It’s a fact that paint and trim will fade away under the sun’s brutal UV rays if your car isn’t garaged or covered when parked. The paint will also oxidize, accelerating the damage, without proper care including regular polishing and waxing.
Faded and heavily oxidized paint can often be restored, but it really depends on several factors including the type of paint system (clear coat or non-clear coat) and the color.
In reality, a clear coat finish restoration is possible up to the point where clear coat failure begins (blotchy white areas). On a traditional paint finish, without a clearcoat, restoration generally isn’t realistic once the color coat weathers away and exposes the primer.
Affected panels, preferably the entire car, needs to be repainted when either of these two situations occurs.
Prevention is Obviously Best
If you must park your vehicle outside, you can avoid sun fade and oxidation damage with regular polishing and waxing, and by using a car cover.
Left unprotected and out in the elements, your car’s paint will quickly oxidize. You won’t notice the damage over a period of a month or two, but it’s there. After a year in the elements without protection, your paint will be noticeably dull and rough.
Paint oxidation isn’t the kiss of death. Light oxidation is easily removed through regular paint cleaning with a clay bar (see Clay Bar Detailing).
Once the paint surface begins to dull and fade, you will need to clean away the dirt and oxidation with detailing clay and restore the shine by polishing.
Heavy oxidation, recognizable by a completely dull, chalky surface, is likely beyond complete restoration. However, even heavily oxidized paint can be polished to bring back shine.
As with any form of paint damage, use the least abrasive polish necessary to get results. Even moderate paint oxidation causes paint thinning. As you polish, the oxidized (dead) paint is quickly removed.
One question that frequently appears in my e-mail is, “My car’s clearcoat is flaking off. How do I repair it?” Unfortunately, the answer is to repaint the damaged body panels.
Once a clearcoat fails, due to heavy oxidation, it cannot be restored by polishing. In this regard, solid body paints are far more resilient. In any case, the best way to restore the shine and color lost to oxidation is to polish the damage (if possible) using a dual-action car polisher, like the Porter Cable 7424XP.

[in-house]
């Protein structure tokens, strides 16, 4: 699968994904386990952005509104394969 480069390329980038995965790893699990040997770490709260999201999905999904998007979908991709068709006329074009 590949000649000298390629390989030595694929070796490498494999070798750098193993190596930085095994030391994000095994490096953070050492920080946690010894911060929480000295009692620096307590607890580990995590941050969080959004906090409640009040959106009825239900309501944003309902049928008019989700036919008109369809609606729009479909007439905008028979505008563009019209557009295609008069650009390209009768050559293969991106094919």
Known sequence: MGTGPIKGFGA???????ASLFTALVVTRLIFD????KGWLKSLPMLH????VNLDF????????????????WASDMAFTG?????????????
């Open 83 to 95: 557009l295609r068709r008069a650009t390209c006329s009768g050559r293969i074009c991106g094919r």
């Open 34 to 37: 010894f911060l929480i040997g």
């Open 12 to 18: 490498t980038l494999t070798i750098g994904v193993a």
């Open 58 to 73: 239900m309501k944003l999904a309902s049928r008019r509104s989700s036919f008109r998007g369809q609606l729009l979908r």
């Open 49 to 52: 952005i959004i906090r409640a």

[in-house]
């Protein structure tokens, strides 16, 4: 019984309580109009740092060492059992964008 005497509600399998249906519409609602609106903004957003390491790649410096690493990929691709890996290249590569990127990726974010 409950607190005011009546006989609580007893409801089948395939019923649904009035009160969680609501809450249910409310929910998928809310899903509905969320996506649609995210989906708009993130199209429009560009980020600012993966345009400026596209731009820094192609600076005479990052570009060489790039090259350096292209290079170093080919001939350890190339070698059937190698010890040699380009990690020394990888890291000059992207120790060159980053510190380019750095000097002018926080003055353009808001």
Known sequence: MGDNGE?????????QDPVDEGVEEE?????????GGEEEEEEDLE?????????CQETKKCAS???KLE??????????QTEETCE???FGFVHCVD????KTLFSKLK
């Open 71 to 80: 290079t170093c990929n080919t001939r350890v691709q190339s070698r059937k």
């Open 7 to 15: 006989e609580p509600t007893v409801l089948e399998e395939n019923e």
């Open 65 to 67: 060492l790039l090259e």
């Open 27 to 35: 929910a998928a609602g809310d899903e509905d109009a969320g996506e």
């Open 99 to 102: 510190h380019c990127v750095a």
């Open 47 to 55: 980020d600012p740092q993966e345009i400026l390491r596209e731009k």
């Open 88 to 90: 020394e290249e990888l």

Doing the work by hand is not really effective!
Fixing Severe Paint Oxidation
Here are the step-by-step instructions to restore a paint finish that is severely faded (excluding paint that has completely failed):
Start by Cleaning The Paint
The first step is to thoroughly wash your car with Dawn dish washing liquid and then use a clay bar to remove the bonded contamination and dead paint. As your car’s paint oxidizes, small particles of the top layer of paint flake off. This “dead paint” and the grime that sticks to it needs to be removed.
A good automotive clay bar system is the fast and easy way to remove the dead paint and bonded contamination. You might as well use the least expensive detailing clay you can find, because it’s going to be trash when you’re finished with it.
Polishing The Paint is Next
The cleaning step was the easy part. Now the fun begins. You need to polish your car with two different grades. The first grade is a cutting polish, commonly called a compound. Second is a finishing polish.
The cutting polish I recommend most is Meguiar’s M105 Mirror Glaze Ultra-Cut Compound . It uses a micro abrasive technology that removes the top layer of damaged paint without scouring the finish. This is important because you need to remove as little paint as possible. After all, the oxidation has already taken its toll.
The finishing polish I recommend is Klasse All-In-One. I love this polish for this job because it uses chemical cleaners with its super-fine polish to get deep in the pores of your paint and bring up the shine. Plus, it’s easy to apply.
The Possibility of Doing it by Hand
A lot of people ask me if they can do this job by hand. The answer is “yes,” but it won’t be easy, fast or the best job possible. It’s really best to polish with a dual-action car polisher.
Again, I recommend the Porter Cable 7424XP (my personal favorite).
If you aren’t familiar with dual-action car polishers (very safe), see our Car Polisher Buyer’s Guide.
To learn how to use a car polisher, read How-to Use a Dual-Action Car Polisher.
WARNING: If your car’s paint is badly oxidized, be very careful polishing plastic bumper caps, plastic mirrors and anywhere with a raised edge.
Painted plastic parts oxidize faster than painted metal parts. Polish these areas by hand using a finishing polish only.
Also, do not use a cutting polish on painted plastic parts. Be careful on raised edges, too, as the paint tends to be thinner.
Don’t Forget to Seal The Paint
The final step is to use a paint sealant.
For this I recommend Klasse High Gloss Sealant Glaze because you can apply multiple coats for better protection and a deeper shine.
Most car wax products contain a petroleum distillate to remove old the layer of wax. Klasse Sealant Glaze is an acrylic formula with a shine that noticeably deepens with two to three coats.
To learn more about the Klasse products and how to use them with shining success, see our Klasse Car Wax Guide. It’s different than a traditional car wax. A little goes a long way!
The next topic in our Paint Repair Clinic Series: Paintless Dent Repair!